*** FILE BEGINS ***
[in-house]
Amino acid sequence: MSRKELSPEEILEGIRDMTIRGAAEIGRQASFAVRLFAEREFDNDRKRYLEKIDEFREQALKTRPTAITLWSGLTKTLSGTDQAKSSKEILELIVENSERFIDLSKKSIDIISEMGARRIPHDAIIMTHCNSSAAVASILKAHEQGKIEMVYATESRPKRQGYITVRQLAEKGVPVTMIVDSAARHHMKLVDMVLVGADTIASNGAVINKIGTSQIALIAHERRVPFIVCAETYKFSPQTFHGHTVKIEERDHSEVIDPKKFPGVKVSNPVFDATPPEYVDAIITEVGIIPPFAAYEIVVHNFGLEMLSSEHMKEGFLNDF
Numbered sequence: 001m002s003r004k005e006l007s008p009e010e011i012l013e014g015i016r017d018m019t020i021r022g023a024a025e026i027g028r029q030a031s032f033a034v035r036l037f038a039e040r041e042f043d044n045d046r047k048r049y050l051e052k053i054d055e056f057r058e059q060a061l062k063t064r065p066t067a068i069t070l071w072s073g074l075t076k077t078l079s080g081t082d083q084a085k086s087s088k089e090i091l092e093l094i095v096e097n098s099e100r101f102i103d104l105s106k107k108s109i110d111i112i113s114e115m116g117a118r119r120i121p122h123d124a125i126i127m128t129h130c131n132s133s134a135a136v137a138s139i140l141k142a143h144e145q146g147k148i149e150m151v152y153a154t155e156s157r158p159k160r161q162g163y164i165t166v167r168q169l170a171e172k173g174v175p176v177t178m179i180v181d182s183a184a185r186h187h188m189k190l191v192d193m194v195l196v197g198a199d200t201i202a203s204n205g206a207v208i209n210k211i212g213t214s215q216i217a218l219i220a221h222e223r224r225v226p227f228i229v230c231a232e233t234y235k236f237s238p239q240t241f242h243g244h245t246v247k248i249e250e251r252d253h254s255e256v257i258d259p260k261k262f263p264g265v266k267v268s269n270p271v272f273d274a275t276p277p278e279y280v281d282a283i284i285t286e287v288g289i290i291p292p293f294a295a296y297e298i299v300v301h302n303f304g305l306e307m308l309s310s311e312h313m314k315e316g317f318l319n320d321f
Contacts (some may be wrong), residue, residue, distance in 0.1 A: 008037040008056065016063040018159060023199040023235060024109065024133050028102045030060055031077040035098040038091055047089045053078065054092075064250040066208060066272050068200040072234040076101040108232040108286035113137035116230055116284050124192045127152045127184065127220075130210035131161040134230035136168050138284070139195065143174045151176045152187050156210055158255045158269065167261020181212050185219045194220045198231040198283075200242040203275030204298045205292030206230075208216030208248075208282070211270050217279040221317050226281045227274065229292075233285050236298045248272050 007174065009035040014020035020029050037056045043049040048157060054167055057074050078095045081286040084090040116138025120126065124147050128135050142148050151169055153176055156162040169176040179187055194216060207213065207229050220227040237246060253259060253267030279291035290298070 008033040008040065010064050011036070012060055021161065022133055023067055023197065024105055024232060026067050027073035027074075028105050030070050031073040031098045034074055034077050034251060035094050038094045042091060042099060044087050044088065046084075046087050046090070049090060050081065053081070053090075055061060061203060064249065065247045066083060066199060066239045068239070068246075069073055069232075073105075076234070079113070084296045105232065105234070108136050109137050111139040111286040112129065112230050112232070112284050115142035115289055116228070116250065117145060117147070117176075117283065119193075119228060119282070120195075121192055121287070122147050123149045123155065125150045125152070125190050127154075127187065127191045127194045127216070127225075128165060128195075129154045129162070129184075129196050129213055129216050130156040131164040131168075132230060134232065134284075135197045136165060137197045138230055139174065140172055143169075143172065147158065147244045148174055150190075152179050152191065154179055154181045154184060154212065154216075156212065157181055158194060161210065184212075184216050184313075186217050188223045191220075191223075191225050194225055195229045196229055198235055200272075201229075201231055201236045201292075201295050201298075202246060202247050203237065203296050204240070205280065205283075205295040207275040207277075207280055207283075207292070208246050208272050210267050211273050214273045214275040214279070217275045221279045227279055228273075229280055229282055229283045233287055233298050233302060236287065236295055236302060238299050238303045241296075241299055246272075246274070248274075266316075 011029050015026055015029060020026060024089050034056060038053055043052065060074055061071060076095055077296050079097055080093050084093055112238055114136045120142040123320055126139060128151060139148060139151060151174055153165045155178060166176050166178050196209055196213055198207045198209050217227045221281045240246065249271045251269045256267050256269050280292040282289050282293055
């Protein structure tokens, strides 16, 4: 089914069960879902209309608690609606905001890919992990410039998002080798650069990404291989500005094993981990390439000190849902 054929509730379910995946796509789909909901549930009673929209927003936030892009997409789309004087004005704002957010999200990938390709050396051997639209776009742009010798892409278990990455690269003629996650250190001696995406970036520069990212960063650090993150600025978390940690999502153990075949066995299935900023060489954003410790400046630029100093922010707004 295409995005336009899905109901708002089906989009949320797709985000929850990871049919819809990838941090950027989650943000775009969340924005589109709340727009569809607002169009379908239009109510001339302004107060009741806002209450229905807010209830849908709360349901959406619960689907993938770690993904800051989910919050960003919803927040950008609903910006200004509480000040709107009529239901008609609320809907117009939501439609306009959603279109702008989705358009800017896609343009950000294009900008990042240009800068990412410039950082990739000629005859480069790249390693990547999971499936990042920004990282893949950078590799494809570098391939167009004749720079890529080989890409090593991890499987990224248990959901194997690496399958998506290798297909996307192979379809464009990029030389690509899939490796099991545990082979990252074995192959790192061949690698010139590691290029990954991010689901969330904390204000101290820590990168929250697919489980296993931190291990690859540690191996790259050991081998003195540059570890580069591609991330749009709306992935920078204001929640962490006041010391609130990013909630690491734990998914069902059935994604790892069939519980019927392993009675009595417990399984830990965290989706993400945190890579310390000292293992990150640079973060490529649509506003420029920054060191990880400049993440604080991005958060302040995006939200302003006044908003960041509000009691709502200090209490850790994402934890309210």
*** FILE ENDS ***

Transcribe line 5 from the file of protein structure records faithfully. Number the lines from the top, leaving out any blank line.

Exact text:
């Protein structure tokens, strides 16, 4: 089914069960879902209309608690609606905001890919992990410039998002080798650069990404291989500005094993981990390439000190849902 054929509730379910995946796509789909909901549930009673929209927003936030892009997409789309004087004005704002957010999200990938390709050396051997639209776009742009010798892409278990990455690269003629996650250190001696995406970036520069990212960063650090993150600025978390940690999502153990075949066995299935900023060489954003410790400046630029100093922010707004 295409995005336009899905109901708002089906989009949320797709985000929850990871049919819809990838941090950027989650943000775009969340924005589109709340727009569809607002169009379908239009109510001339302004107060009741806002209450229905807010209830849908709360349901959406619960689907993938770690993904800051989910919050960003919803927040950008609903910006200004509480000040709107009529239901008609609320809907117009939501439609306009959603279109702008989705358009800017896609343009950000294009900008990042240009800068990412410039950082990739000629005859480069790249390693990547999971499936990042920004990282893949950078590799494809570098391939167009004749720079890529080989890409090593991890499987990224248990959901194997690496399958998506290798297909996307192979379809464009990029030389690509899939490796099991545990082979990252074995192959790192061949690698010139590691290029990954991010689901969330904390204000101290820590990168929250697919489980296993931190291990690859540690191996790259050991081998003195540059570890580069591609991330749009709306992935920078204001929640962490006041010391609130990013909630690491734990998914069902059935994604790892069939519980019927392993009675009595417990399984830990965290989706993400945190890579310390000292293992990150640079973060490529649509506003420029920054060191990880400049993440604080991005958060302040995006939200302003006044908003960041509000009691709502200090209490850790994402934890309210």